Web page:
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MONDAY, Dec. 18, 2017 (HealthDay News) -- They may be touted as relatively harmless, but rubber and plastic bullets can cause serious injury and death, and should not be used when riots occur, researchers say.
These types of bullets -- widely used by police, military and security forces to disperse crowds -- are meant to incapacitate people by causing pain or injury.
But a team from the University of California, Berkeley, said the speed at which many rubber or plastic bullets leave the weapon is the same as live ammunition.
In fact, the new study suggests "that these weapons have the potential to cause severe injuries and death," said researchers led by Dr. Rohini Haar, of UC Berkeley's School of Public Health.
They looked at data from 26 published studies examining outcomes among nearly 2,000 people, mostly young adults, who suffered injuries after being hit by rubber or plastic bullets in numerous countries -- Israel/Palestine, Britain/Northern Ireland, South Asian countries, the United States, Switzerland and Turkey.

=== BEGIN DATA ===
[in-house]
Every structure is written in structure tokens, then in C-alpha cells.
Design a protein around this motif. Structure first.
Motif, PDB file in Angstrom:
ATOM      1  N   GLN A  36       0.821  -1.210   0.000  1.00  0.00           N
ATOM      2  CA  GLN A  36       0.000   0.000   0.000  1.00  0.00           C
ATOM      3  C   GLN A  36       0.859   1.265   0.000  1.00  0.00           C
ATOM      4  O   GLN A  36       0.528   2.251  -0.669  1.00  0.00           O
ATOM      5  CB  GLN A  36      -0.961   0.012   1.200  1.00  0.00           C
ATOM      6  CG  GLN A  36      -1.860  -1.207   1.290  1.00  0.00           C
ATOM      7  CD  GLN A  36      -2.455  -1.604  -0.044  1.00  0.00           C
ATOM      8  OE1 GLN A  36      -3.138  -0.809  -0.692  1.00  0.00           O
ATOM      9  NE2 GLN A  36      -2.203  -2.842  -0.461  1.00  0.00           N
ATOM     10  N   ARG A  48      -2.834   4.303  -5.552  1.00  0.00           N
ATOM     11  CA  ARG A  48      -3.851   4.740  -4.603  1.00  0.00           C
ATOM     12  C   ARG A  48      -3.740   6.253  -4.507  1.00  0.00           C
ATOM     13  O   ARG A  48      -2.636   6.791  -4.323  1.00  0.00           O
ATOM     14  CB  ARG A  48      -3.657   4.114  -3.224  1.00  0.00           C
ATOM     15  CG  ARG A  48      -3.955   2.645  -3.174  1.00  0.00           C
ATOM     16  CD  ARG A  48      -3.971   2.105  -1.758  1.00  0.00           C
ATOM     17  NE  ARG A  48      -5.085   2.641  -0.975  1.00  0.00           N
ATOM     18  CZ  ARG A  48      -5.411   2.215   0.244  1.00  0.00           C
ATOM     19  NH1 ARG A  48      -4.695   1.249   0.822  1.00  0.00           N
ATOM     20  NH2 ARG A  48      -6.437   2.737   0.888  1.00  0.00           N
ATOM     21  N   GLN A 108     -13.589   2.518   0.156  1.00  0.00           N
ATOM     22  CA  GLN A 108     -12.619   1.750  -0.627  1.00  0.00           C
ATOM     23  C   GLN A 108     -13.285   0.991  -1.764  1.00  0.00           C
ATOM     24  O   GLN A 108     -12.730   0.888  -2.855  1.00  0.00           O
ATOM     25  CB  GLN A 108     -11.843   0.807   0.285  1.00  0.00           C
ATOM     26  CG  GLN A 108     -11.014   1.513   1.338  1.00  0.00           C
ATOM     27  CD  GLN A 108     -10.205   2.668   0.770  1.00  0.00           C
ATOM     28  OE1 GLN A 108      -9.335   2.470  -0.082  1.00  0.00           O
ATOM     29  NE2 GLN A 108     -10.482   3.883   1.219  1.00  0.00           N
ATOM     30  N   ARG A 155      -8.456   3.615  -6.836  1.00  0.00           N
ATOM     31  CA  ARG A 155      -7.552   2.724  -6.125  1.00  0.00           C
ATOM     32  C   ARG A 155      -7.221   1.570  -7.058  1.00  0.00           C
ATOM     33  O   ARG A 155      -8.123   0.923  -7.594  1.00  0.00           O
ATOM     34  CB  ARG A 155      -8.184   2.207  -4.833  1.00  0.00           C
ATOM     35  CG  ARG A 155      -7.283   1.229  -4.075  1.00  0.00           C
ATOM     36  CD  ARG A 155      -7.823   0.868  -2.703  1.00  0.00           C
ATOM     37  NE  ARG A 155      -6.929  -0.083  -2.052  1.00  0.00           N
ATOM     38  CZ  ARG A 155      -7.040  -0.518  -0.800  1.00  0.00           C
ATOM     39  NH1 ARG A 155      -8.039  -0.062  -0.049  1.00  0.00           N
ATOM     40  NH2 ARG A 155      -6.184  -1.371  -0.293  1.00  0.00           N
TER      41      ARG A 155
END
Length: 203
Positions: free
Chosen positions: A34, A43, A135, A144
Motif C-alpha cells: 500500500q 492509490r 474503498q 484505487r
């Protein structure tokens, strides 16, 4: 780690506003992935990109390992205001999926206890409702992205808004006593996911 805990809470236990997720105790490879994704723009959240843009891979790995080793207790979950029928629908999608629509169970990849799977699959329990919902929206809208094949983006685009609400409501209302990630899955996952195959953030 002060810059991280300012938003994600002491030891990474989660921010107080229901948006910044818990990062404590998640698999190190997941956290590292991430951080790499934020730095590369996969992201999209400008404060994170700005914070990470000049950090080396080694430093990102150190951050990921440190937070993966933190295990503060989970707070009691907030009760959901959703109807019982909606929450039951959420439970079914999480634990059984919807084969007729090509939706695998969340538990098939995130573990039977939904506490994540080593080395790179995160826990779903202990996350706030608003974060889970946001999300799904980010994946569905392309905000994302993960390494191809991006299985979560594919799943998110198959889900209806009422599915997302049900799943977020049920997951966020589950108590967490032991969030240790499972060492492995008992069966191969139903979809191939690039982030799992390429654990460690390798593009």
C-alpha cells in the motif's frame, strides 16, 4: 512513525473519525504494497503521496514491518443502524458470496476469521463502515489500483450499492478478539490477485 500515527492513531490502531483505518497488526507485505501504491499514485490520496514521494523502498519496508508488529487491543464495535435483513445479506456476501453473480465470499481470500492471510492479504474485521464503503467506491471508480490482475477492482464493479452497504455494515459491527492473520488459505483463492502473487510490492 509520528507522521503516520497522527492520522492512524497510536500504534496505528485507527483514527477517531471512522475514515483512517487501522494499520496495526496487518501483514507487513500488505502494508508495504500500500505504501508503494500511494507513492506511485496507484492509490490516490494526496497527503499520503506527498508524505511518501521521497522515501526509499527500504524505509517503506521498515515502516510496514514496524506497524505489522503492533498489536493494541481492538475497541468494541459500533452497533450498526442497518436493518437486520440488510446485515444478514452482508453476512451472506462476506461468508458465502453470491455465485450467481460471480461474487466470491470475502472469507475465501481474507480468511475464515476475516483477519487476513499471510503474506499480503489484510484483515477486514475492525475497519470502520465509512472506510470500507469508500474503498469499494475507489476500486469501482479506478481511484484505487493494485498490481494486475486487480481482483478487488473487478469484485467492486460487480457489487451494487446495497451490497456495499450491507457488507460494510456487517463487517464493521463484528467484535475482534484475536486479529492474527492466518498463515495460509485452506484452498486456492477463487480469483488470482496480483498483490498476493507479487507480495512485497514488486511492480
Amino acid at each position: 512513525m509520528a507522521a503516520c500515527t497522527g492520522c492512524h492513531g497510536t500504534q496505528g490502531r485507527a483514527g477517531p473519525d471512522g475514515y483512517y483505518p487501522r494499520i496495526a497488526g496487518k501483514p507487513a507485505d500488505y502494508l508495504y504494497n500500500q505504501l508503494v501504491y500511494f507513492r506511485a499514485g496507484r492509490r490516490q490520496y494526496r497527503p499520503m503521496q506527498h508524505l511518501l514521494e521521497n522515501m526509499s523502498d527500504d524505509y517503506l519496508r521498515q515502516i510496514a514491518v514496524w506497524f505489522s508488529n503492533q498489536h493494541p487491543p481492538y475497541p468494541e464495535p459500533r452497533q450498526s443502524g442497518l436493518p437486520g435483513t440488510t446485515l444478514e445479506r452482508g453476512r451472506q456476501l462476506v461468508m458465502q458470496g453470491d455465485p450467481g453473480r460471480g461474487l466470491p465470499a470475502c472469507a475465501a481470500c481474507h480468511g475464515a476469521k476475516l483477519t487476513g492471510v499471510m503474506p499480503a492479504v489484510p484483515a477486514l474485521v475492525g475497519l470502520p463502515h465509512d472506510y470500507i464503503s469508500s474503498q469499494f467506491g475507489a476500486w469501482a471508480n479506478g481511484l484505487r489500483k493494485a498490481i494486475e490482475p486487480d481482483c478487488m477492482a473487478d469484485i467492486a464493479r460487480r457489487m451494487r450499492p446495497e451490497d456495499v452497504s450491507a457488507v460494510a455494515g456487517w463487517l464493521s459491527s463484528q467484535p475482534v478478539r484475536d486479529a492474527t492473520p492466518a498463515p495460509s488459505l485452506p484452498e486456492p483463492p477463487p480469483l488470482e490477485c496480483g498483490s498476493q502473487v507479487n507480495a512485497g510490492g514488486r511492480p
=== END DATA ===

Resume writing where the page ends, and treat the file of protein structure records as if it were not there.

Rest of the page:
In total, 53 (3 percent) of the people died of their injuries, Haar's team reported Dec. 18 in the journal BMJ Open.
"Penetrative injuries" accounted for 56 percent of the deaths, and blunt trauma for 23 percent of the deaths, the research group said.
Disability after being hit by a rubber or plastic bullet wasn't rare, either: About 300 (16 percent) of survivors suffered permanent disability. Blindness and removal of the spleen or a section of the bowel due to abdominal injuries accounted for most of this disability, the study found.
In fact, of the more than 2,100 injuries reported, 71 percent were judged to be severe, with injuries to the skin, hands and feet most common.
Several of the studies also found that rubber or plastic bullets are highly inaccurate and can miss the target -- injuring peaceful demonstrators and bystanders instead.
The bottom line, Haar and her colleagues said, is that rubber and plastic bullets "do not appear to be an appropriate means of force in crowd-control settings," and international guidelines on the use of crowd-control weapons are required to halt further needless injury and death.
-- Robert Preidt
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SOURCE: BMJ Open, news release, Dec. 18, 2017